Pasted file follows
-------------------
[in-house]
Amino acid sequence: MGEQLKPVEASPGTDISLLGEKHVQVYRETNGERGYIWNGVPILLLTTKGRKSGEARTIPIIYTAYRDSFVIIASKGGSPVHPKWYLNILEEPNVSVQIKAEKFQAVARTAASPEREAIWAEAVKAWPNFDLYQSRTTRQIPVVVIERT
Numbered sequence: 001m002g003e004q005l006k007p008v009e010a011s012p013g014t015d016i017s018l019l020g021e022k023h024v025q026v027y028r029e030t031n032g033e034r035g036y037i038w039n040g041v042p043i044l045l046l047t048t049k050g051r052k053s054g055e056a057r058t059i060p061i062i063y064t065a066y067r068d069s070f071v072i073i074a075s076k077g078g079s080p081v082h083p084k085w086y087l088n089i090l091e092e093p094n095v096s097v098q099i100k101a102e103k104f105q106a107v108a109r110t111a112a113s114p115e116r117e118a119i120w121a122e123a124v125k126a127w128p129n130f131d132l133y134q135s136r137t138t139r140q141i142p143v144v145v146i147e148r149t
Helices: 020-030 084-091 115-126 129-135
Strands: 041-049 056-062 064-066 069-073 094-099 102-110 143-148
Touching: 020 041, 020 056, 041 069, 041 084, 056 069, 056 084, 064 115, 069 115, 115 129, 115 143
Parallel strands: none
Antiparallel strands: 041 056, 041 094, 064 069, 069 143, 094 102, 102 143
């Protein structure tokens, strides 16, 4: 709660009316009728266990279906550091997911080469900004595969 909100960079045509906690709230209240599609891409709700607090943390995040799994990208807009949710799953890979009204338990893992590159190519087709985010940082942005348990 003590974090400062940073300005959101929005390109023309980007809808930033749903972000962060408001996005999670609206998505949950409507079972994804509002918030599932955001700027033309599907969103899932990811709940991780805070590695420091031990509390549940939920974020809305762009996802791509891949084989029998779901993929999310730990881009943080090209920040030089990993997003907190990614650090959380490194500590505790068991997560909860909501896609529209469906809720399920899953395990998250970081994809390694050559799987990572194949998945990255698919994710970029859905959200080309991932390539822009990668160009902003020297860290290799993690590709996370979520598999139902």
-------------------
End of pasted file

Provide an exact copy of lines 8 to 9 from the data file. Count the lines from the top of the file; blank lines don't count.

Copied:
Antiparallel strands: 041 056, 041 094, 064 069, 069 143, 094 102, 102 143
């Protein structure tokens, strides 16, 4: 709660009316009728266990279906550091997911080469900004595969 909100960079045509906690709230209240599609891409709700607090943390995040799994990208807009949710799953890979009204338990893992590159190519087709985010940082942005348990 003590974090400062940073300005959101929005390109023309980007809808930033749903972000962060408001996005999670609206998505949950409507079972994804509002918030599932955001700027033309599907969103899932990811709940991780805070590695420091031990509390549940939920974020809305762009996802791509891949084989029998779901993929999310730990881009943080090209920040030089990993997003907190990614650090959380490194500590505790068991997560909860909501896609529209469906809720399920899953395990998250970081994809390694050559799987990572194949998945990255698919994710970029859905959200080309991932390539822009990668160009902003020297860290290799993690590709996370979520598999139902």